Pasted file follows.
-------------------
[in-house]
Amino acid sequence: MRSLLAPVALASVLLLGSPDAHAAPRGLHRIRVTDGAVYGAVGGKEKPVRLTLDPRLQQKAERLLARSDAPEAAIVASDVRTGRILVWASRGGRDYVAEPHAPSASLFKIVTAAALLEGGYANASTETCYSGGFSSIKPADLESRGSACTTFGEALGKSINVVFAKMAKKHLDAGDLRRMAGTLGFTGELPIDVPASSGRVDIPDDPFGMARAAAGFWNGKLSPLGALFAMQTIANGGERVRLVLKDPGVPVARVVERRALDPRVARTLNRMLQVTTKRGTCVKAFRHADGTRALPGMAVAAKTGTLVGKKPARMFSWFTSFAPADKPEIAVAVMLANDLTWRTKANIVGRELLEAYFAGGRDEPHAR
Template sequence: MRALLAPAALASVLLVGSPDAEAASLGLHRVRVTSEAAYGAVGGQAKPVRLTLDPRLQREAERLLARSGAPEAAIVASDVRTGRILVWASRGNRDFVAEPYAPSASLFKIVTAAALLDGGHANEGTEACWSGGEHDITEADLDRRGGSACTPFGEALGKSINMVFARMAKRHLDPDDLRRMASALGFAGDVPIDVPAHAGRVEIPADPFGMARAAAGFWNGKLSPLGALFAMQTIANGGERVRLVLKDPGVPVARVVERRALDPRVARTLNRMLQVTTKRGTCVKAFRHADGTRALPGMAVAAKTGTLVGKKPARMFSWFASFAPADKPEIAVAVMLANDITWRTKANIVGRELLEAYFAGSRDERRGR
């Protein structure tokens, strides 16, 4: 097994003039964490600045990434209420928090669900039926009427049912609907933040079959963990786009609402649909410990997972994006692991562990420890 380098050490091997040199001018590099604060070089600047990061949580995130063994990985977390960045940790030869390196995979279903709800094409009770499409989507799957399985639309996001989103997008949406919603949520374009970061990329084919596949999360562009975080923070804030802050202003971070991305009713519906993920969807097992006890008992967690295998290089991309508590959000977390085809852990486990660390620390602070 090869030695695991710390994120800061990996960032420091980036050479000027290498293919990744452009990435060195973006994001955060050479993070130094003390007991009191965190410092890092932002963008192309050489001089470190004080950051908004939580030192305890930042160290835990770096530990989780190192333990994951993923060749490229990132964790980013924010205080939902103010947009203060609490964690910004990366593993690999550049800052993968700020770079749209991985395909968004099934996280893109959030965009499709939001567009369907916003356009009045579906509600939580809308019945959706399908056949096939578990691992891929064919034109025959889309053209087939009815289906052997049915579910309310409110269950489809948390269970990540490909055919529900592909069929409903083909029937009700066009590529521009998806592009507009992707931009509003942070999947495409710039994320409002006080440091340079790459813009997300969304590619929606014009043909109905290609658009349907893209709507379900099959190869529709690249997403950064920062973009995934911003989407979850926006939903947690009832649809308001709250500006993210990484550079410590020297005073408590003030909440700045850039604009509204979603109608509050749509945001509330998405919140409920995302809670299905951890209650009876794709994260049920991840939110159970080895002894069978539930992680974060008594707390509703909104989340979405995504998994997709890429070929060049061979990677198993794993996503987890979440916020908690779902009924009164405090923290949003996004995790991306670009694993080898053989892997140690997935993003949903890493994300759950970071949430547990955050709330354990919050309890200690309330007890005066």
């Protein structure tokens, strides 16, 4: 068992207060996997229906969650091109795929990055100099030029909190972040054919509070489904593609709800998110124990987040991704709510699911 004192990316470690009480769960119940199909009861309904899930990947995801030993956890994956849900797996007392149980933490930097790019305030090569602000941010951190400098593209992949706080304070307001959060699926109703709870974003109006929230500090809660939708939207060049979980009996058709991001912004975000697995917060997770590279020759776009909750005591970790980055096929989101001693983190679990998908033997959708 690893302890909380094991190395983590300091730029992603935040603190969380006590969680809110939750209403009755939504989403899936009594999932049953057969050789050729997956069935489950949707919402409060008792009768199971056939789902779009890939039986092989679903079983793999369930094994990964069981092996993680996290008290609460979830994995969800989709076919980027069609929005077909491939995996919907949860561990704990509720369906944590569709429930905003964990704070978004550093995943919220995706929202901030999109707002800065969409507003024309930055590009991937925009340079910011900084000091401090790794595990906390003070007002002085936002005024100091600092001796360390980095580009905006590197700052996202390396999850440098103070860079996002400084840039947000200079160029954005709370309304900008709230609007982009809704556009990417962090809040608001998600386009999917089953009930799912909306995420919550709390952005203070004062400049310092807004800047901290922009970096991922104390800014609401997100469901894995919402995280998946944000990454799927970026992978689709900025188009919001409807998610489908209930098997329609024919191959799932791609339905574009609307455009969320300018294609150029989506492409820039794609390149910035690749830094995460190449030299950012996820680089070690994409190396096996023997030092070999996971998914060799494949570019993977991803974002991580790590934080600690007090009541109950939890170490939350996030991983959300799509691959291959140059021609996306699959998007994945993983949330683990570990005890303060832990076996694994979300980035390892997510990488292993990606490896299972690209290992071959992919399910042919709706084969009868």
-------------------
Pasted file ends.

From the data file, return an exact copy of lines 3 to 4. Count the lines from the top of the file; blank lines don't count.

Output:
Template sequence: MRALLAPAALASVLLVGSPDAEAASLGLHRVRVTSEAAYGAVGGQAKPVRLTLDPRLQREAERLLARSGAPEAAIVASDVRTGRILVWASRGNRDFVAEPYAPSASLFKIVTAAALLDGGHANEGTEACWSGGEHDITEADLDRRGGSACTPFGEALGKSINMVFARMAKRHLDPDDLRRMASALGFAGDVPIDVPAHAGRVEIPADPFGMARAAAGFWNGKLSPLGALFAMQTIANGGERVRLVLKDPGVPVARVVERRALDPRVARTLNRMLQVTTKRGTCVKAFRHADGTRALPGMAVAAKTGTLVGKKPARMFSWFASFAPADKPEIAVAVMLANDITWRTKANIVGRELLEAYFAGSRDERRGR
């Protein structure tokens, strides 16, 4: 097994003039964490600045990434209420928090669900039926009427049912609907933040079959963990786009609402649909410990997972994006692991562990420890 380098050490091997040199001018590099604060070089600047990061949580995130063994990985977390960045940790030869390196995979279903709800094409009770499409989507799957399985639309996001989103997008949406919603949520374009970061990329084919596949999360562009975080923070804030802050202003971070991305009713519906993920969807097992006890008992967690295998290089991309508590959000977390085809852990486990660390620390602070 090869030695695991710390994120800061990996960032420091980036050479000027290498293919990744452009990435060195973006994001955060050479993070130094003390007991009191965190410092890092932002963008192309050489001089470190004080950051908004939580030192305890930042160290835990770096530990989780190192333990994951993923060749490229990132964790980013924010205080939902103010947009203060609490964690910004990366593993690999550049800052993968700020770079749209991985395909968004099934996280893109959030965009499709939001567009369907916003356009009045579906509600939580809308019945959706399908056949096939578990691992891929064919034109025959889309053209087939009815289906052997049915579910309310409110269950489809948390269970990540490909055919529900592909069929409903083909029937009700066009590529521009998806592009507009992707931009509003942070999947495409710039994320409002006080440091340079790459813009997300969304590619929606014009043909109905290609658009349907893209709507379900099959190869529709690249997403950064920062973009995934911003989407979850926006939903947690009832649809308001709250500006993210990484550079410590020297005073408590003030909440700045850039604009509204979603109608509050749509945001509330998405919140409920995302809670299905951890209650009876794709994260049920991840939110159970080895002894069978539930992680974060008594707390509703909104989340979405995504998994997709890429070929060049061979990677198993794993996503987890979440916020908690779902009924009164405090923290949003996004995790991306670009694993080898053989892997140690997935993003949903890493994300759950970071949430547990955050709330354990919050309890200690309330007890005066």